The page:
Remember the key to fulfillment, in any aspect of life, is a strong and affirmed identity.
Be you. Be inspired. Be Inspiring.
post by, VanCityLifeCoach.com
Happiness isn’t exactly the easiest emotion to grasp; I used to believe that people were either happy or not, I used to think that happiness was as clear as night and day. However, I’m learning that happiness is a development just like every other emotion that we experience, we have to contribute to our own happiness and it lies within the choices we make.
I’ve found those that contribute more to their own well-being and work on developing a purpose, tend to be happier than those who work to accumulate things to define their value. When we start to free ourselves from conformity, we begin working with our own emotions rather than against them and as a result, we live life more truthfully and with less compromises.
When I gave up trying to conform and began following my own desires, I also realised that it was easier to communicate and understand others. I also began connecting with like-minded people who actually appreciated my identity and my own pursuits, and vice-versa. I had inadvertently created a positive environment for myself that stimulated the courage and confidence to pursue a life worth living.
When I think about the happiest moments in my life, I’m reminded of liberation and feelings of complete detachment, I feel like I can take on the world and there’s not much that can keep me from blissfully embracing the present moment. Contemplating these memories and feeling untethered to my everyday responsibilities, I began exploring ways to measure happiness in a world where responsibilities command our lives, impact our emotions and often cause us to overlook our own well-being.
Psychology and Spirituality teach us the importance of maintaining balance... Even the cosmos need to maintain a certain balance to ensure we continue to exist on this planet. Most of the problems we face in our lives can be a rooted back to some sort of imbalance: when we’re overworked, overindulged, lacking empathy, emotionally numb/sensitive, over thinking and even struggling to sleep, these problems and many others stem from an imbalance within our own psyches.
Measuring happiness is to assess our lives in terms of imbalance, to assess how much of our lives are being spent satisfying our responsibilities (super-ego) versus, how much of our lives are spent indulging our inner desires (id). Too much of one or the other will lead to and fuel misery, therefore sustaining happiness is to ensure both parts of our psyches are equally valued (ego), if not, then we must work to restore balance in order to feel happy.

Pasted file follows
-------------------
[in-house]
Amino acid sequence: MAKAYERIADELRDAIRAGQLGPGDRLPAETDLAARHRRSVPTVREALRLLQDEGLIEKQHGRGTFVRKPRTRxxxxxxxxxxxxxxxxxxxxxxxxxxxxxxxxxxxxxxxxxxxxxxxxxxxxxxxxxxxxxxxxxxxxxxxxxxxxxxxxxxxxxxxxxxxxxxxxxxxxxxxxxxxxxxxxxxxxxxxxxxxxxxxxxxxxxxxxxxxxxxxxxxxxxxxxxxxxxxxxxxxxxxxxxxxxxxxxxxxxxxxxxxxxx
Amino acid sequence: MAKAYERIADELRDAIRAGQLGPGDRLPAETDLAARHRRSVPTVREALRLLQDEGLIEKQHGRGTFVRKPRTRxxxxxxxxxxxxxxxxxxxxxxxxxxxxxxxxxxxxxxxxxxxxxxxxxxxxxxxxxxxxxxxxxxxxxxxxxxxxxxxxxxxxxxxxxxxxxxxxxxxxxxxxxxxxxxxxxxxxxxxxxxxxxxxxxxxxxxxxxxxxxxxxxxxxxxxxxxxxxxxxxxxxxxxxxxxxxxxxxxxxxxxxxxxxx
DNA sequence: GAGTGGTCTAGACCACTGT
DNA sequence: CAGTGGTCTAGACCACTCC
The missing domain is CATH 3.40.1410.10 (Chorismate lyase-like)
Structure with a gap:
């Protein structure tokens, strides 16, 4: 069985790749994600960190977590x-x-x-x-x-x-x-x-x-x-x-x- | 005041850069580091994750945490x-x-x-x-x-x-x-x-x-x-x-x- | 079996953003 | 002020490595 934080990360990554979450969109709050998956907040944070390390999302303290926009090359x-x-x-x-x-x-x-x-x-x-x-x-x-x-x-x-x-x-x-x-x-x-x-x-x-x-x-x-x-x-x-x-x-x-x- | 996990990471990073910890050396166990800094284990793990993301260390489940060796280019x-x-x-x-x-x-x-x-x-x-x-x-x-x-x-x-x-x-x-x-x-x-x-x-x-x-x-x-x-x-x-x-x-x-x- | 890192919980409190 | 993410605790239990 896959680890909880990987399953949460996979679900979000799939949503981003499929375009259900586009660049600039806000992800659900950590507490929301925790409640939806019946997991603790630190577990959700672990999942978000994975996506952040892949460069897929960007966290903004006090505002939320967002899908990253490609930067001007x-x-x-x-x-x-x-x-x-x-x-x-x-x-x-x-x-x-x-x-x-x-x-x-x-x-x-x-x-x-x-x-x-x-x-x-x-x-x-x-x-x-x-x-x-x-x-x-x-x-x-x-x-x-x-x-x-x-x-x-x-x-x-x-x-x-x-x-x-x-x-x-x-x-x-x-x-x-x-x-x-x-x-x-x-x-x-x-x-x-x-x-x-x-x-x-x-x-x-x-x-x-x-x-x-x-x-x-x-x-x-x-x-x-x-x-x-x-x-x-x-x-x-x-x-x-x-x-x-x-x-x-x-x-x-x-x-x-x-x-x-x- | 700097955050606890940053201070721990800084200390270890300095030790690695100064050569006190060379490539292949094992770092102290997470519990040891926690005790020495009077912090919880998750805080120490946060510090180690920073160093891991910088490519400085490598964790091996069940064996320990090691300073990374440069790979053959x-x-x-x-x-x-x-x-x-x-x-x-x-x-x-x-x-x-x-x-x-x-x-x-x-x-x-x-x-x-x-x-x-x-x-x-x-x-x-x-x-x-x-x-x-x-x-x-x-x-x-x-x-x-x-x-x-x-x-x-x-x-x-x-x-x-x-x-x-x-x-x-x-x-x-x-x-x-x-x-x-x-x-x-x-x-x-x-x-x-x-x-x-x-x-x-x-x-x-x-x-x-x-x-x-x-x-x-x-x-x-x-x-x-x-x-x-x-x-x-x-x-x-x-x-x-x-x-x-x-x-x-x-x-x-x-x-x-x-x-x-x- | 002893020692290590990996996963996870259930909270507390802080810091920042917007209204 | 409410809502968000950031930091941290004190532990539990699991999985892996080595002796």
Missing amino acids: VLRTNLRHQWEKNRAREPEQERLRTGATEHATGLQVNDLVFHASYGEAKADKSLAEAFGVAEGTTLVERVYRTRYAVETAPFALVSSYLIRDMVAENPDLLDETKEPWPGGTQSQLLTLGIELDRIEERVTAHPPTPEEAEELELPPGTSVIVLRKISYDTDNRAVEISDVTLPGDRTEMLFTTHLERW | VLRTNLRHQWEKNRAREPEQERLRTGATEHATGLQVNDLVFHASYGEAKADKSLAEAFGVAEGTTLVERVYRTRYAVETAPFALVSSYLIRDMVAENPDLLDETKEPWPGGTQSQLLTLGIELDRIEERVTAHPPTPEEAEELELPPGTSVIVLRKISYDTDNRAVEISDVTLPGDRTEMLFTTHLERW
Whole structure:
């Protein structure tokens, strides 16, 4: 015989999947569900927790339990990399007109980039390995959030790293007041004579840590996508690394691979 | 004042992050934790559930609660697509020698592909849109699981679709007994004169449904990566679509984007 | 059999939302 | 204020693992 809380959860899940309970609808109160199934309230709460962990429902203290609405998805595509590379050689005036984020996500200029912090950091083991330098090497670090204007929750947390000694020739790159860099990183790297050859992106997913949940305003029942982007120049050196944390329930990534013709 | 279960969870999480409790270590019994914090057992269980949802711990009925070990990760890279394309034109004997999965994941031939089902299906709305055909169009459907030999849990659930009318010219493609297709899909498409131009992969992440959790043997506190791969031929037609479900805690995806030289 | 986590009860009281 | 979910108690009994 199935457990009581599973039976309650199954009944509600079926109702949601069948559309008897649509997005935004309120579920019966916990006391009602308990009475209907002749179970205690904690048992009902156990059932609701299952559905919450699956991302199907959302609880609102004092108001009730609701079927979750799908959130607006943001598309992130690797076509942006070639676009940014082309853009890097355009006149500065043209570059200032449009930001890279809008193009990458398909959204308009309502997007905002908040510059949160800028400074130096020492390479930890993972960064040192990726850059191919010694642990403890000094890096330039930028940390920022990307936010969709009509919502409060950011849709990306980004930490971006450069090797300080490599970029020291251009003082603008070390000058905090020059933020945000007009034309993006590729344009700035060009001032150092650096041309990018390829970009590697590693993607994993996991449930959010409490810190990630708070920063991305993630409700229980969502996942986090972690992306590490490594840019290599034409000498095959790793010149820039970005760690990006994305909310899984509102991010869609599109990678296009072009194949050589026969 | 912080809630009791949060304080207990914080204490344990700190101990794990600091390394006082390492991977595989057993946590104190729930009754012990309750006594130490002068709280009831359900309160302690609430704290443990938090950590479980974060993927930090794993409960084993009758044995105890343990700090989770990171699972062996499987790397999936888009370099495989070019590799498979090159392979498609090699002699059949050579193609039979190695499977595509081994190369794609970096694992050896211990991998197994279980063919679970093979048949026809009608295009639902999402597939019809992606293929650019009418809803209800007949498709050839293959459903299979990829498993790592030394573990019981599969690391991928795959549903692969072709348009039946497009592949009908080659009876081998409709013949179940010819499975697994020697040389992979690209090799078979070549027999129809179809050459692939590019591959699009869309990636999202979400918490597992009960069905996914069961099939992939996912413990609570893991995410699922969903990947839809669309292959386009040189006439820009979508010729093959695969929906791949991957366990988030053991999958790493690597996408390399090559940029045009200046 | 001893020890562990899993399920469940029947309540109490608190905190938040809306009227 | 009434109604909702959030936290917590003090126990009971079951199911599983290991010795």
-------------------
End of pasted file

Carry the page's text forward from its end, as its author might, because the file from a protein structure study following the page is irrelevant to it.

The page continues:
Delving into this Freudian theory has made me realize why so many of us struggle with the lives we’re living, and why many often feel overworked and underappreciated. In a society where we schedule our lives around work and responsibilities, I started measuring happiness by asking my clients the following question?
“If you could make a decision for yourself, consequence free, what decision would you make?”
If answered honestly, I found this question allows us to gain insight into our own imbalances. It allows us to essentially measure and restore happiness by understanding how much of our inner desires are being fulfilled, or rather how much we restrict this significant part of who we are. It also helps us understand the difference between setting goals and mindful goal setting. If our inner desires aren’t expressed nor fulfilled, the less happier we’re likely to be.
For example, if you have a deep desire to travel someday, but your current responsibilities restrict this desire, then you’ll probably find that you’re not that happy with your current life, because your life lacks direction and purpose and a significant part of who you are is being suppressed. However, if you allow this desire to filter into your life, you’ll begin to navigate your life to fulfill this desire. Your responsibilities will have purpose as you'll set your goals accordingly. Furthermore, you’ll also find that you’ll gravitate towards connections that echo these desires, from obtaining the appropriate skills to meeting like-minded people. You’ll ultimately live a lot happier knowing that your life isn’t being lived in vain, and that you’re staying true to your identity and what you want from life.
Just imagine living life with a little angel (super-ego) and devil (id) on your shoulders, if you predominantly listen to the angel you’ll run the risk of losing sight-of-self. If you let the little devil have rule over your life, then you run the risk of losing touch with the life you’re trying to build.
Measuring happiness is understanding which one of these characters you’ve allowed to govern the majority of your decision-making. Let them both share equal amounts of control and you’ll live a much more balanced life, and a much happier one.